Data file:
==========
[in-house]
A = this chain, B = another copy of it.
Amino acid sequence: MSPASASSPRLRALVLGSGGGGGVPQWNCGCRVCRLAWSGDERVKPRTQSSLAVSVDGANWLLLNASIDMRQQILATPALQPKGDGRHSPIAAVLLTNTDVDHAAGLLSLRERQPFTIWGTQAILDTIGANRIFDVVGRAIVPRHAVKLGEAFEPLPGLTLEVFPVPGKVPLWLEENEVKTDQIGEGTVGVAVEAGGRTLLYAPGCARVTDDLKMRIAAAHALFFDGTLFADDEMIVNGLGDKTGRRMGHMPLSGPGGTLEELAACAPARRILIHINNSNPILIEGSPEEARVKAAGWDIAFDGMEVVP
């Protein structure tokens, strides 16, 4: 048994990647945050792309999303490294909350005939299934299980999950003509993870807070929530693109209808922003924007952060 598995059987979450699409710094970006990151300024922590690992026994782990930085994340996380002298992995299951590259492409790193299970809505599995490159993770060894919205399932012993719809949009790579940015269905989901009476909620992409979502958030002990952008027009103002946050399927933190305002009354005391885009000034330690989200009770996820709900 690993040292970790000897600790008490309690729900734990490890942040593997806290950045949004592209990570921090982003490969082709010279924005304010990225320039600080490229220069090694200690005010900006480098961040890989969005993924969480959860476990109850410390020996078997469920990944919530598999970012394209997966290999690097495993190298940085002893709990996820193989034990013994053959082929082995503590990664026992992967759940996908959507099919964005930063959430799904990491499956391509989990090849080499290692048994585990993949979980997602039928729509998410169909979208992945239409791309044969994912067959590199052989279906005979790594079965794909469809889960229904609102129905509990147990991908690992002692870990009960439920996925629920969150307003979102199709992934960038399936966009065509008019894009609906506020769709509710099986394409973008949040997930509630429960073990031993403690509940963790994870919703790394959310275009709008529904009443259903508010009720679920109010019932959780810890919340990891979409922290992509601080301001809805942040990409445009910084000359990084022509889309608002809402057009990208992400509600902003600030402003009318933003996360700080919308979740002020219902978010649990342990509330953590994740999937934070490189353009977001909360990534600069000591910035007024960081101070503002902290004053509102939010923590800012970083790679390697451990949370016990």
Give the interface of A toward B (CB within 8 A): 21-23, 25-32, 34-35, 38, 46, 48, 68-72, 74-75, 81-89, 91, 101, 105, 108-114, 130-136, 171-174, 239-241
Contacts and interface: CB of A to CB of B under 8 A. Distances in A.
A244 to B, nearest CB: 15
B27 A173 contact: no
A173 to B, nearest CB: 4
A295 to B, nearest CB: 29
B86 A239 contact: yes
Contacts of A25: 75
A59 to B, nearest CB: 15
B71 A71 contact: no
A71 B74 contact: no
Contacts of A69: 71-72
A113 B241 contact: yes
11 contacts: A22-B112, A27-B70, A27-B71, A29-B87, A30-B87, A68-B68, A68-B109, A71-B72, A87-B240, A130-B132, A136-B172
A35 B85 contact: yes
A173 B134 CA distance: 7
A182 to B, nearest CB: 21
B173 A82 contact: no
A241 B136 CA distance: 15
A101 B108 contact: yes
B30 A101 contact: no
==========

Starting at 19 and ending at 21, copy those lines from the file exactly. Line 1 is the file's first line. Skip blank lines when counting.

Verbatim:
A35 B85 contact: yes
A173 B134 CA distance: 7
A182 to B, nearest CB: 21